EATON — A Somerville man was sentenced in Preble County Common Pleas Court on Wednesday, Jan. 29, to 22 years in prison for raping two underage girls . Judge Stephen R. Bruns presided.
The Special Prosecutions section of the Ohio Attorney General’s Office prosecuted the case.
Devin M. Tutt, 20, was arrested by Preble County Sheriff’s Deputies in August 2019. He was indicted and pleaded guilty in September. According to a press statement issued by Sheriff Mike Simpson, Tutt sexually assaulted one victim, a 13-year-old girl, after corresponding with the victim online.
“The victim reports that she had been conversing with the suspect on social media and agreed to meet the suspect,” Simpson revealed in the press statement. “The victim states that she was then raped inside the suspect’s vehicle in a secluded location.”
A statement released by Ohio Attorney General Dave Yost last week said Tutt contacted the two juvenile victims through Snapchat, lying about his name and age. In April and August 2019, he met and raped each victim.
Tutt, a former football player at Preble Shawnee, previously pleaded guilty to charges of contributing to the delinquency of a child, a first-degree misdemeanor, in June 2019, after being arrested in February by Camden police. He received a 15-day jail sentence on that charge, which was suspended, as well as one year of probation.
Tutt was initially scheduled for sentencing on the rape charges in October 2019, but that hearing was continued pending completion of mental health and sex offender evaluations requested by the defendant.
Statements from each of Tutt’s alleged victims, as well as the mothers of both girls, were read aloud in court before the sentence was handed down.
“Nothing can prepare you for the call that someone has hurt your child,” the statement from one mother reads. “I don’t remember the drive home after; I just remember needing to get to my daughter.”
According to the statement, Tutt’s first victim, a 15-year-old girl, was forced to change schools after the assault due to bullying and harassment from her classmates, who said she “asked for it and deserved it.”
“I’m so proud of the way my daughter stood up,” the statement continues. “When I got the news that Devin had hurt another girl, it was like a punch in the stomach.”
A victim impact statement, meanwhile, highlighted the ways the first victim’s assault had affected her relationships with family and friends and changed her perceptions of other people.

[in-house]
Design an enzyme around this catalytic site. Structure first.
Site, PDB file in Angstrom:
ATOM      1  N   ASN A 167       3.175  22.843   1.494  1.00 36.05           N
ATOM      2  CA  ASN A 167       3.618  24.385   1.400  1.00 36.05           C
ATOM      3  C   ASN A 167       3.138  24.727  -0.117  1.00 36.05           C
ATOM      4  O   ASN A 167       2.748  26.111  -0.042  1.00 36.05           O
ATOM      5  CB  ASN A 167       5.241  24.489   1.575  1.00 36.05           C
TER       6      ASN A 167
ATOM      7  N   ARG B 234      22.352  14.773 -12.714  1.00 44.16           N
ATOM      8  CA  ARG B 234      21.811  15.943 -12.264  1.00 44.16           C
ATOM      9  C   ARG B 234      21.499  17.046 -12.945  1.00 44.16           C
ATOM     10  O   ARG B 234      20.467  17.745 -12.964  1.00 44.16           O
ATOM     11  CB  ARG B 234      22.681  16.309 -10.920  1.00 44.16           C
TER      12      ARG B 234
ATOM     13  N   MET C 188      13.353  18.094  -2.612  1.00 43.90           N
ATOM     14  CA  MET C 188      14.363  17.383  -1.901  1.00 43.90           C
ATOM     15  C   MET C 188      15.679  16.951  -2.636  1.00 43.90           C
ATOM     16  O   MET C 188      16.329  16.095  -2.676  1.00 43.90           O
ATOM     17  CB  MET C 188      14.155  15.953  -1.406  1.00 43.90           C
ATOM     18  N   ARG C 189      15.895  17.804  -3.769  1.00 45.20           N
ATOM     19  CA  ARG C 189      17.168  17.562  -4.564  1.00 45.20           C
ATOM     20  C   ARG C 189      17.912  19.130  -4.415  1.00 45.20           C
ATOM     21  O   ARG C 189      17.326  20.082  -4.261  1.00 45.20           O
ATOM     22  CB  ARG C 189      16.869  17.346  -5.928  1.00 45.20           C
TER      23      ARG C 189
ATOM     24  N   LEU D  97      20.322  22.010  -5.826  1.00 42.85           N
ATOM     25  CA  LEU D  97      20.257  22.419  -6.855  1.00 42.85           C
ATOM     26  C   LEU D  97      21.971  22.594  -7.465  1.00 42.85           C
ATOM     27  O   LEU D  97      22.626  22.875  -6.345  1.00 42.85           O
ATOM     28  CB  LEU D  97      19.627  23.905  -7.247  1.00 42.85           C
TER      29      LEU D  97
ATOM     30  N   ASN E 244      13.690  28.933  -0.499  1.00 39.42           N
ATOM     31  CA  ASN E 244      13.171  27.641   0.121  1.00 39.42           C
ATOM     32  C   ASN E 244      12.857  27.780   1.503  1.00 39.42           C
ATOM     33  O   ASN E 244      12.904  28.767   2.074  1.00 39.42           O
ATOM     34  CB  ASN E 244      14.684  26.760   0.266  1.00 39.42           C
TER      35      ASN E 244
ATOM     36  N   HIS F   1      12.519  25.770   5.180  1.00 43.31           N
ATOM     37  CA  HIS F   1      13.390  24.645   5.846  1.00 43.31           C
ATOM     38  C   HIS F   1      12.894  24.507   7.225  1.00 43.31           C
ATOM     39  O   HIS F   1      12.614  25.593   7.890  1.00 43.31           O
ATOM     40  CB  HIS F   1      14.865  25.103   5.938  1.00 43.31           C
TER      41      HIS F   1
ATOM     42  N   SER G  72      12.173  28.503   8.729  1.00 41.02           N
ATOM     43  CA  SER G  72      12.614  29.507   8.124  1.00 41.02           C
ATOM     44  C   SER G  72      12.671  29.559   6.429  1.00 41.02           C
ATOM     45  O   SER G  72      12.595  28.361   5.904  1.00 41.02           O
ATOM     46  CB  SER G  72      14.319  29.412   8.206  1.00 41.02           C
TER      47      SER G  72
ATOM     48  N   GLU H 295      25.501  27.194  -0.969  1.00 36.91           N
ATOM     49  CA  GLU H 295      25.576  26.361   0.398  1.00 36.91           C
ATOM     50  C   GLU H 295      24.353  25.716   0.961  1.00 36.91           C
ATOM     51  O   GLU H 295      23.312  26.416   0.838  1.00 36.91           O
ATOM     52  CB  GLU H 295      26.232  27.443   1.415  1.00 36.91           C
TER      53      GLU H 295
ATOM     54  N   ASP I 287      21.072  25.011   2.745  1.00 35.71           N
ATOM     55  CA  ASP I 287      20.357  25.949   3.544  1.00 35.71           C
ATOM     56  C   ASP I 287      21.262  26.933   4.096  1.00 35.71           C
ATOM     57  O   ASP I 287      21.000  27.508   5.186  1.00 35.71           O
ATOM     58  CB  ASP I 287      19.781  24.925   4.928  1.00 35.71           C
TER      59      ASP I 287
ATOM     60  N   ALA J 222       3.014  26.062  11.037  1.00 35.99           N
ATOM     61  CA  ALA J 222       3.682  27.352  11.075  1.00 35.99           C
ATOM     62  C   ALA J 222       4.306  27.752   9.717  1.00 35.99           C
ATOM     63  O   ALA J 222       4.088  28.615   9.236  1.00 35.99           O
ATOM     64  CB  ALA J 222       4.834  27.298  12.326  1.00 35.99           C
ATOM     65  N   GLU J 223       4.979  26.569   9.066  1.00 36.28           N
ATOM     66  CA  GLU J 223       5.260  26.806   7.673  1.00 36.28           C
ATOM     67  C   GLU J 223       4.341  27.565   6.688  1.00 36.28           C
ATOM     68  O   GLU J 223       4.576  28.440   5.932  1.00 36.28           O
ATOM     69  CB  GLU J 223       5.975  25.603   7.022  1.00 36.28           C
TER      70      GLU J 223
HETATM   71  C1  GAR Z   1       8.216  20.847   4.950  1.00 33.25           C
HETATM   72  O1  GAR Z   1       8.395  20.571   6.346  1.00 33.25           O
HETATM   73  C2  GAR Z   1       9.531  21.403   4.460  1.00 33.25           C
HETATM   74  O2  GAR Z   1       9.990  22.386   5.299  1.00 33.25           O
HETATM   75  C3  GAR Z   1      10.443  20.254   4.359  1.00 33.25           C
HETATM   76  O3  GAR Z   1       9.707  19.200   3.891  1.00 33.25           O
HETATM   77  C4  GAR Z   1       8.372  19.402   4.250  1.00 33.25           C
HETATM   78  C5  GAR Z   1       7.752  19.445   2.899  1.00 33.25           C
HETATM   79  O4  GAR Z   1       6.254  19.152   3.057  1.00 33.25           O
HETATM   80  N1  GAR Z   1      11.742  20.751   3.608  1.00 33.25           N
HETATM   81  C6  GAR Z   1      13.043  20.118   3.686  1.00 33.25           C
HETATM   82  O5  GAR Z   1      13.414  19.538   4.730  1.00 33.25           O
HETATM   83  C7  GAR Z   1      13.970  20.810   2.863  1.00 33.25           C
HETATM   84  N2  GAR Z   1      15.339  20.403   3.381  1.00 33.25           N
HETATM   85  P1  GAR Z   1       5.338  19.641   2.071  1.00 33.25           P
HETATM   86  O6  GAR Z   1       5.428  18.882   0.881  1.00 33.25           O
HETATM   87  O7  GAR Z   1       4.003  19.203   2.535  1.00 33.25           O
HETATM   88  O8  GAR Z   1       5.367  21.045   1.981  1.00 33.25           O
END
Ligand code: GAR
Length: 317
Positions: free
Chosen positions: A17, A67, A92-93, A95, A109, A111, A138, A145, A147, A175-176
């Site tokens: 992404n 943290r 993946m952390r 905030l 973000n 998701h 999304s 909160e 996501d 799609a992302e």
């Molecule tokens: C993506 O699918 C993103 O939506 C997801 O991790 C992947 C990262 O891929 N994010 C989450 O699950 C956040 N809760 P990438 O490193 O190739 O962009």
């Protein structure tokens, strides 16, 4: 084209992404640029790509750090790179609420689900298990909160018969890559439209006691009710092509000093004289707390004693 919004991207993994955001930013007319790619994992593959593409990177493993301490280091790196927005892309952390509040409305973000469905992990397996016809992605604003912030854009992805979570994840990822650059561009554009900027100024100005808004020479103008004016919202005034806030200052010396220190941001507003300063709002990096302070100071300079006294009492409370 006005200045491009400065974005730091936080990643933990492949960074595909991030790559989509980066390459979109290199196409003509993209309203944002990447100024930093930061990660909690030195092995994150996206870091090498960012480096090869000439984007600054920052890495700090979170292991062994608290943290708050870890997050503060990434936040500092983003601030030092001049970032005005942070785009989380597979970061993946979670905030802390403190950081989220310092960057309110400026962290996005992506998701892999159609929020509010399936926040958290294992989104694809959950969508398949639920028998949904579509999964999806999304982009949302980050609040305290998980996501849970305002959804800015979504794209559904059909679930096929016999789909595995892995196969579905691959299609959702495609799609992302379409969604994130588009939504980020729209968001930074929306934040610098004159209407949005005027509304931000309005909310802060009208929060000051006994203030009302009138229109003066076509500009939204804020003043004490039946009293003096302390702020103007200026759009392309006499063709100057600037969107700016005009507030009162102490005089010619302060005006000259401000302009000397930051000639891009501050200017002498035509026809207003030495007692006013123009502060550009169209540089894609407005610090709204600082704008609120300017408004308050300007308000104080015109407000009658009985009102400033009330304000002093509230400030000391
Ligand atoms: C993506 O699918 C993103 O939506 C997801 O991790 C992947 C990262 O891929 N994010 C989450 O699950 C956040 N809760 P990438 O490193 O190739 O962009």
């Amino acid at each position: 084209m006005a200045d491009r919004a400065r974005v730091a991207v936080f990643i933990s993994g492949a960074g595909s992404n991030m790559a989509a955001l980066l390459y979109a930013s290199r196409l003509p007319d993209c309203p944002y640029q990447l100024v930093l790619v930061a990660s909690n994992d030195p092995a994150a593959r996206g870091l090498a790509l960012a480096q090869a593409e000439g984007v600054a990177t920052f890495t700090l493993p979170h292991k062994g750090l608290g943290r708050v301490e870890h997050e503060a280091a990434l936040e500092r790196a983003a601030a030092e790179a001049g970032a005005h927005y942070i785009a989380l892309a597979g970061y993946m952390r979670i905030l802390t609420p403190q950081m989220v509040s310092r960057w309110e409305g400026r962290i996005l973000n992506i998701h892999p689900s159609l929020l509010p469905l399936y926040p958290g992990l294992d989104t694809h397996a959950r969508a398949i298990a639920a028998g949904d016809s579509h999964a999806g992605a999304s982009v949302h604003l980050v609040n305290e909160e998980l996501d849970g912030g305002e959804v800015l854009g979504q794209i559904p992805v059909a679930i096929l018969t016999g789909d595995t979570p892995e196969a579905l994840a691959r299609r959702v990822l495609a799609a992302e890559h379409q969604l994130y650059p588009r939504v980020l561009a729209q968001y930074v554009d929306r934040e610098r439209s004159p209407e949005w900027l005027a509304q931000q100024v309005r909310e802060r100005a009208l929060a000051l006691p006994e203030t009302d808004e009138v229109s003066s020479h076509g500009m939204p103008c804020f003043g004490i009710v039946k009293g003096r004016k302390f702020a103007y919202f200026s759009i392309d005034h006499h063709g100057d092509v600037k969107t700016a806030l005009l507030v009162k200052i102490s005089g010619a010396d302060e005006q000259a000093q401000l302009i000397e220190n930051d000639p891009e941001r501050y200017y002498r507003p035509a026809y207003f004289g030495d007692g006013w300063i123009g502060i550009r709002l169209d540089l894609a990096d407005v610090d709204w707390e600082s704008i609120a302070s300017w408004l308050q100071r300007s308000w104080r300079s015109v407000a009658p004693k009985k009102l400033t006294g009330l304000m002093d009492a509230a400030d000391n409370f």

“Since the incident, I have developed trust issues,” the victim’s statement reads. “I find it hard to believe that every individual doesn’t have ulterior motives.”
The victim also suffered socially as a result of the experience.
“Friends have pulled themselves out of my life. I don’t know how they even learned about what happened to me, but they clearly didn’t believe it,” her statement continues.
According to her statement, the mother of Tutt’s second victim used security cameras installed at her home to identify Tutt’s vehicle, then spotted the vehicle and gave chase after police in Butler County refused to respond to her calls for assistance.
“They said they couldn’t help because we didn’t live in the city limits,” her statement reads.
Finally, the statement of Tutt’s second victim highlighted the harm done by Tutt to herself and others.
“I want everyone to understand that even though I was the one who was hurt, I’m not the only one who was impacted,” her statement reads. “I check every room and lock every door for safety.”
All four statements asked that Tutt be given the maximum sentence in order to protect other young women from harm.
“If what he did to these girls isn’t enough to get the maximum sentence, the fact that he’s proven he won’t stop should be,” one statement reads.
Judge Bruns agreed, citing the results of the psychological evaluation requested by the defendant himself, which stated that Tutt showed little remorse for his actions and that the court should consider imposing a prison sentence for the protection of the public. A pre-sentencing investigation conducted by local authorities, meanwhile, indicated that Tutt “had issues while in school that related to his relationship with younger girls.”
The defendant asked the court for mercy, citing the effect on his own family and the desire to be a father to his 18-month-old son.
“There’s nothing I’ll ever regret more than hurting these girls,” Tutt said. “My mom raised me to be a good gentleman, and I let her down.”
Bruns sentenced Tutt to 11 years on each charge, to be served consecutively.
“This case is a tragic reminder that sexual predators aren’t hiding in the bushes – they are befriending children through social media, manipulating innocent minds, and gaining access to exploit innocence,” Yost said in a press release.